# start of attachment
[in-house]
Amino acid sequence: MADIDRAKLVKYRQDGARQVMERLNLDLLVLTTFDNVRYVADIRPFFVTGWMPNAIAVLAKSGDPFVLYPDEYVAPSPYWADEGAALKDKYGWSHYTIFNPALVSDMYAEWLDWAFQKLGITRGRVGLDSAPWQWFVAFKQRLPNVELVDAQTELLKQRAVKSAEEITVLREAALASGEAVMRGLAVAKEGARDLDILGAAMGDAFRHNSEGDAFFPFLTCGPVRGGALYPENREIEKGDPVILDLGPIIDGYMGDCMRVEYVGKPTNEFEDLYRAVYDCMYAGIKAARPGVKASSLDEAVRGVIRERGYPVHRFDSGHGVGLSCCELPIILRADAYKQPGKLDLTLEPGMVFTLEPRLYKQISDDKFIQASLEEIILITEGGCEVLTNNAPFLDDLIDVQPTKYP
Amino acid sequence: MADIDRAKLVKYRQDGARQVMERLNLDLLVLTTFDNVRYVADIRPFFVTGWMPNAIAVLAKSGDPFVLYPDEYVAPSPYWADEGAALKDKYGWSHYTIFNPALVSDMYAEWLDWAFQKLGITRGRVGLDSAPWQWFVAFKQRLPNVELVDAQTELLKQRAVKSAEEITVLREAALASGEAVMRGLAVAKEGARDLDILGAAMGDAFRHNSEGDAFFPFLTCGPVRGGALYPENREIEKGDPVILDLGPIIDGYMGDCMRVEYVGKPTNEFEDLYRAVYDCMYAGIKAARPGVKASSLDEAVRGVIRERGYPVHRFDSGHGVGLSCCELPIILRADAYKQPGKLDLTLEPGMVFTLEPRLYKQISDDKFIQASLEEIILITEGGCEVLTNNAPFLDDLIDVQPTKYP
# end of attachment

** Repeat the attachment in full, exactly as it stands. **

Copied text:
[in-house]
Amino acid sequence: MADIDRAKLVKYRQDGARQVMERLNLDLLVLTTFDNVRYVADIRPFFVTGWMPNAIAVLAKSGDPFVLYPDEYVAPSPYWADEGAALKDKYGWSHYTIFNPALVSDMYAEWLDWAFQKLGITRGRVGLDSAPWQWFVAFKQRLPNVELVDAQTELLKQRAVKSAEEITVLREAALASGEAVMRGLAVAKEGARDLDILGAAMGDAFRHNSEGDAFFPFLTCGPVRGGALYPENREIEKGDPVILDLGPIIDGYMGDCMRVEYVGKPTNEFEDLYRAVYDCMYAGIKAARPGVKASSLDEAVRGVIRERGYPVHRFDSGHGVGLSCCELPIILRADAYKQPGKLDLTLEPGMVFTLEPRLYKQISDDKFIQASLEEIILITEGGCEVLTNNAPFLDDLIDVQPTKYP
Amino acid sequence: MADIDRAKLVKYRQDGARQVMERLNLDLLVLTTFDNVRYVADIRPFFVTGWMPNAIAVLAKSGDPFVLYPDEYVAPSPYWADEGAALKDKYGWSHYTIFNPALVSDMYAEWLDWAFQKLGITRGRVGLDSAPWQWFVAFKQRLPNVELVDAQTELLKQRAVKSAEEITVLREAALASGEAVMRGLAVAKEGARDLDILGAAMGDAFRHNSEGDAFFPFLTCGPVRGGALYPENREIEKGDPVILDLGPIIDGYMGDCMRVEYVGKPTNEFEDLYRAVYDCMYAGIKAARPGVKASSLDEAVRGVIRERGYPVHRFDSGHGVGLSCCELPIILRADAYKQPGKLDLTLEPGMVFTLEPRLYKQISDDKFIQASLEEIILITEGGCEVLTNNAPFLDDLIDVQPTKYP